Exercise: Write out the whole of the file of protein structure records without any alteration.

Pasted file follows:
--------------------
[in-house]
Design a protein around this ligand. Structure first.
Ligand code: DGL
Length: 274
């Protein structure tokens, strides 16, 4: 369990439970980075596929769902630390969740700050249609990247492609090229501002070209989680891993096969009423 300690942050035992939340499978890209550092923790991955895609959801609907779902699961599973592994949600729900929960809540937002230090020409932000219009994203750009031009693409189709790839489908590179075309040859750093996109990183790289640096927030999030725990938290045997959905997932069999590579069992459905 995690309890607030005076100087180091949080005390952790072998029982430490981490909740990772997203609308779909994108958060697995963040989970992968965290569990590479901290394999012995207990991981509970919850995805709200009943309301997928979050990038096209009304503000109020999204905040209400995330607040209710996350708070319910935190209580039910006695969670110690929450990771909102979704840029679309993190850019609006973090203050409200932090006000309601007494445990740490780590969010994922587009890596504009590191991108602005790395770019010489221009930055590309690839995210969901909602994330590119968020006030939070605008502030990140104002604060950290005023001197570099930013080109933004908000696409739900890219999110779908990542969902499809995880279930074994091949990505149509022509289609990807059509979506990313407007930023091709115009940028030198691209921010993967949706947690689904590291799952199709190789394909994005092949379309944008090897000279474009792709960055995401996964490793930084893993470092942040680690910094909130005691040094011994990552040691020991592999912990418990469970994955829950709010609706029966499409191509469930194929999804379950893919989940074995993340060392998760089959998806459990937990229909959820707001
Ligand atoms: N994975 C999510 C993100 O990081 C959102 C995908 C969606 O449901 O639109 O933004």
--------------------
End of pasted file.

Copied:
[in-house]
Design a protein around this ligand. Structure first.
Ligand code: DGL
Length: 274
């Protein structure tokens, strides 16, 4: 369990439970980075596929769902630390969740700050249609990247492609090229501002070209989680891993096969009423 300690942050035992939340499978890209550092923790991955895609959801609907779902699961599973592994949600729900929960809540937002230090020409932000219009994203750009031009693409189709790839489908590179075309040859750093996109990183790289640096927030999030725990938290045997959905997932069999590579069992459905 995690309890607030005076100087180091949080005390952790072998029982430490981490909740990772997203609308779909994108958060697995963040989970992968965290569990590479901290394999012995207990991981509970919850995805709200009943309301997928979050990038096209009304503000109020999204905040209400995330607040209710996350708070319910935190209580039910006695969670110690929450990771909102979704840029679309993190850019609006973090203050409200932090006000309601007494445990740490780590969010994922587009890596504009590191991108602005790395770019010489221009930055590309690839995210969901909602994330590119968020006030939070605008502030990140104002604060950290005023001197570099930013080109933004908000696409739900890219999110779908990542969902499809995880279930074994091949990505149509022509289609990807059509979506990313407007930023091709115009940028030198691209921010993967949706947690689904590291799952199709190789394909994005092949379309944008090897000279474009792709960055995401996964490793930084893993470092942040680690910094909130005691040094011994990552040691020991592999912990418990469970994955829950709010609706029966499409191509469930194929999804379950893919989940074995993340060392998760089959998806459990937990229909959820707001
Ligand atoms: N994975 C999510 C993100 O990081 C959102 C995908 C969606 O449901 O639109 O933004």